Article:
Belfast Telegraph

Economy has mushroomed in Queen's reign

By Margaret Canning

The UK economy is around four times bigger now than when Queen Elizabeth II came to the throne in 1952, according to a firm of business advisers.

PricewaterhouseCooper's Jubilee Budget also established that average incomes now are more than three times higher in real terms than in 1952, growing from £7,500 to £24,700.

Overall the worth of the UK economy has mushroomed from £377bn to £1,561bn through Her Majesty's reign.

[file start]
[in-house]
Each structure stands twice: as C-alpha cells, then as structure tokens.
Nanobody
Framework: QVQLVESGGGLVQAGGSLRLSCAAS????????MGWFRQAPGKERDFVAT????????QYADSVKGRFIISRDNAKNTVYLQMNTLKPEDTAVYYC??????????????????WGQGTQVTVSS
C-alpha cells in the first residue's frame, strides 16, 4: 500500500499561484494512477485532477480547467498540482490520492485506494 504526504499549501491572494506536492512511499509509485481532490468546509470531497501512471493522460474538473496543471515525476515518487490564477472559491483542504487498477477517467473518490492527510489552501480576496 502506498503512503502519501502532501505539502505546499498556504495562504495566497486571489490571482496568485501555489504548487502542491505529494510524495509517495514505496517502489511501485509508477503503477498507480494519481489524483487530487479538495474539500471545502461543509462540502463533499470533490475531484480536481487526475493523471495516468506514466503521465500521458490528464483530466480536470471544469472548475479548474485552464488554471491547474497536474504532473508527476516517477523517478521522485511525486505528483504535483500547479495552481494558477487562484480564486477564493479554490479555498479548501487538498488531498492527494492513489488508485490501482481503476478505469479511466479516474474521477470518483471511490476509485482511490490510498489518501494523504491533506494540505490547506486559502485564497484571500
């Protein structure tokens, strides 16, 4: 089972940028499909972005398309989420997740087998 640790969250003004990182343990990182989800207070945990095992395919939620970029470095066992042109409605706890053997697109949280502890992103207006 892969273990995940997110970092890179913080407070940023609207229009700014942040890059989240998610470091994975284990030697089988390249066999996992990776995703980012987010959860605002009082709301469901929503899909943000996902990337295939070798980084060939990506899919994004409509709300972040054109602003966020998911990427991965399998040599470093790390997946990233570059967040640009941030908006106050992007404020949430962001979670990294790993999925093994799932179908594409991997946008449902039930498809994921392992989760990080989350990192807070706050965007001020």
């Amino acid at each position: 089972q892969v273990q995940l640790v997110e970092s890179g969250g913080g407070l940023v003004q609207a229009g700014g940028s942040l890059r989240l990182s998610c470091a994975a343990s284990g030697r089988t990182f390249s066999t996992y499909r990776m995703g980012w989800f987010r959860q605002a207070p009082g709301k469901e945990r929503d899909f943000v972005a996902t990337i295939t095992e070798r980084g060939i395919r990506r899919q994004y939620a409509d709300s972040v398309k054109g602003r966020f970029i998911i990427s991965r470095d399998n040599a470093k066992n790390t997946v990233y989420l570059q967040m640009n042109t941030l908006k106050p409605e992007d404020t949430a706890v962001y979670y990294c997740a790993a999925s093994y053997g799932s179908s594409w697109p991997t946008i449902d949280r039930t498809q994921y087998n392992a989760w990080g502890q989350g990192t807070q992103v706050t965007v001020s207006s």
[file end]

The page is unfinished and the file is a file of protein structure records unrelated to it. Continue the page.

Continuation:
Dr Esmond Birnie, PwC's chief economist in Northern Ireland, said the income rise was a "major achievement" which challenged the received wisdom the post-1952 period was a time of economic decline.

Tax as a share of national income had only edged up, from 36% of GDP to 38%, but government spending habits had changed drastically.

"The share of defence spending fell from around 25% in 1952 to only 5% today - although, in both years the UK was at war, Asia-Korea then and Afghanistan now - with corresponding rises in welfare spending on health, education, pensions and other social security benefits," Mr Birnie said.

"But with little scope to cut defence spending further there is a real challenge as to how we pay for further rises in public spending on health and pensions for an ageing population, without significant further increases in the tax burden."

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